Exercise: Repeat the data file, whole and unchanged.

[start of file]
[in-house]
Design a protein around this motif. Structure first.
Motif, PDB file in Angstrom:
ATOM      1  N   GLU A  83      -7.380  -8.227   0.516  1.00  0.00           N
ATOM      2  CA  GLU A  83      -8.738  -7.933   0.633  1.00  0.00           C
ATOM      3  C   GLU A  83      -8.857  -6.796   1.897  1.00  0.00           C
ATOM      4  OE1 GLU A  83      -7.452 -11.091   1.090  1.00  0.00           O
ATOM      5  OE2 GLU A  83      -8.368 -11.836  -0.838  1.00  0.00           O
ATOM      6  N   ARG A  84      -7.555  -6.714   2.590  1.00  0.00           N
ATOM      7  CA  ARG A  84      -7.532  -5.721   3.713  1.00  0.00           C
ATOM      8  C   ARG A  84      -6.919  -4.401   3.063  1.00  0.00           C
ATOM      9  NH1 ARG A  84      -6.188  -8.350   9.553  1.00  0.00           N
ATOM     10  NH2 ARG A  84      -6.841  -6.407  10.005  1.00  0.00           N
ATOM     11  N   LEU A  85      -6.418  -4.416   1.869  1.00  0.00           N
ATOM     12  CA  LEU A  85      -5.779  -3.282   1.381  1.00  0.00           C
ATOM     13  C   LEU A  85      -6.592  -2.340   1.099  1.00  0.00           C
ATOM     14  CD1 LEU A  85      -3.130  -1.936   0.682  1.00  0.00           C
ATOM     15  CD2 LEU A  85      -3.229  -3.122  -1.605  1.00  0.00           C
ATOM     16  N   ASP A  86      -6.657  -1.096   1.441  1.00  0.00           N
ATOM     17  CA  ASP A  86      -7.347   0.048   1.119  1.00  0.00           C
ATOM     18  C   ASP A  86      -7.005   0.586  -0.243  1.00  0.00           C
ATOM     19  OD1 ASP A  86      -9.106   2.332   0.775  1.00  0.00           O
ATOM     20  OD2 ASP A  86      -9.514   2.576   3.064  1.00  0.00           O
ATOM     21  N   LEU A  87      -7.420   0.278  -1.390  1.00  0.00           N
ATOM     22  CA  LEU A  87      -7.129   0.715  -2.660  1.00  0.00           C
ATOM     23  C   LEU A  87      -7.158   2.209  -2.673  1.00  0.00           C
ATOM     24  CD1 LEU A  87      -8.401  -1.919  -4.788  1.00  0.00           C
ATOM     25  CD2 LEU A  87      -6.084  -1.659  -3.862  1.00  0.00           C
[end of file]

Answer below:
[in-house]
Design a protein around this motif. Structure first.
Motif, PDB file in Angstrom:
ATOM      1  N   GLU A  83      -7.380  -8.227   0.516  1.00  0.00           N
ATOM      2  CA  GLU A  83      -8.738  -7.933   0.633  1.00  0.00           C
ATOM      3  C   GLU A  83      -8.857  -6.796   1.897  1.00  0.00           C
ATOM      4  OE1 GLU A  83      -7.452 -11.091   1.090  1.00  0.00           O
ATOM      5  OE2 GLU A  83      -8.368 -11.836  -0.838  1.00  0.00           O
ATOM      6  N   ARG A  84      -7.555  -6.714   2.590  1.00  0.00           N
ATOM      7  CA  ARG A  84      -7.532  -5.721   3.713  1.00  0.00           C
ATOM      8  C   ARG A  84      -6.919  -4.401   3.063  1.00  0.00           C
ATOM      9  NH1 ARG A  84      -6.188  -8.350   9.553  1.00  0.00           N
ATOM     10  NH2 ARG A  84      -6.841  -6.407  10.005  1.00  0.00           N
ATOM     11  N   LEU A  85      -6.418  -4.416   1.869  1.00  0.00           N
ATOM     12  CA  LEU A  85      -5.779  -3.282   1.381  1.00  0.00           C
ATOM     13  C   LEU A  85      -6.592  -2.340   1.099  1.00  0.00           C
ATOM     14  CD1 LEU A  85      -3.130  -1.936   0.682  1.00  0.00           C
ATOM     15  CD2 LEU A  85      -3.229  -3.122  -1.605  1.00  0.00           C
ATOM     16  N   ASP A  86      -6.657  -1.096   1.441  1.00  0.00           N
ATOM     17  CA  ASP A  86      -7.347   0.048   1.119  1.00  0.00           C
ATOM     18  C   ASP A  86      -7.005   0.586  -0.243  1.00  0.00           C
ATOM     19  OD1 ASP A  86      -9.106   2.332   0.775  1.00  0.00           O
ATOM     20  OD2 ASP A  86      -9.514   2.576   3.064  1.00  0.00           O
ATOM     21  N   LEU A  87      -7.420   0.278  -1.390  1.00  0.00           N
ATOM     22  CA  LEU A  87      -7.129   0.715  -2.660  1.00  0.00           C
ATOM     23  C   LEU A  87      -7.158   2.209  -2.673  1.00  0.00           C
ATOM     24  CD1 LEU A  87      -8.401  -1.919  -4.788  1.00  0.00           C
ATOM     25  CD2 LEU A  87      -6.084  -1.659  -3.862  1.00  0.00           C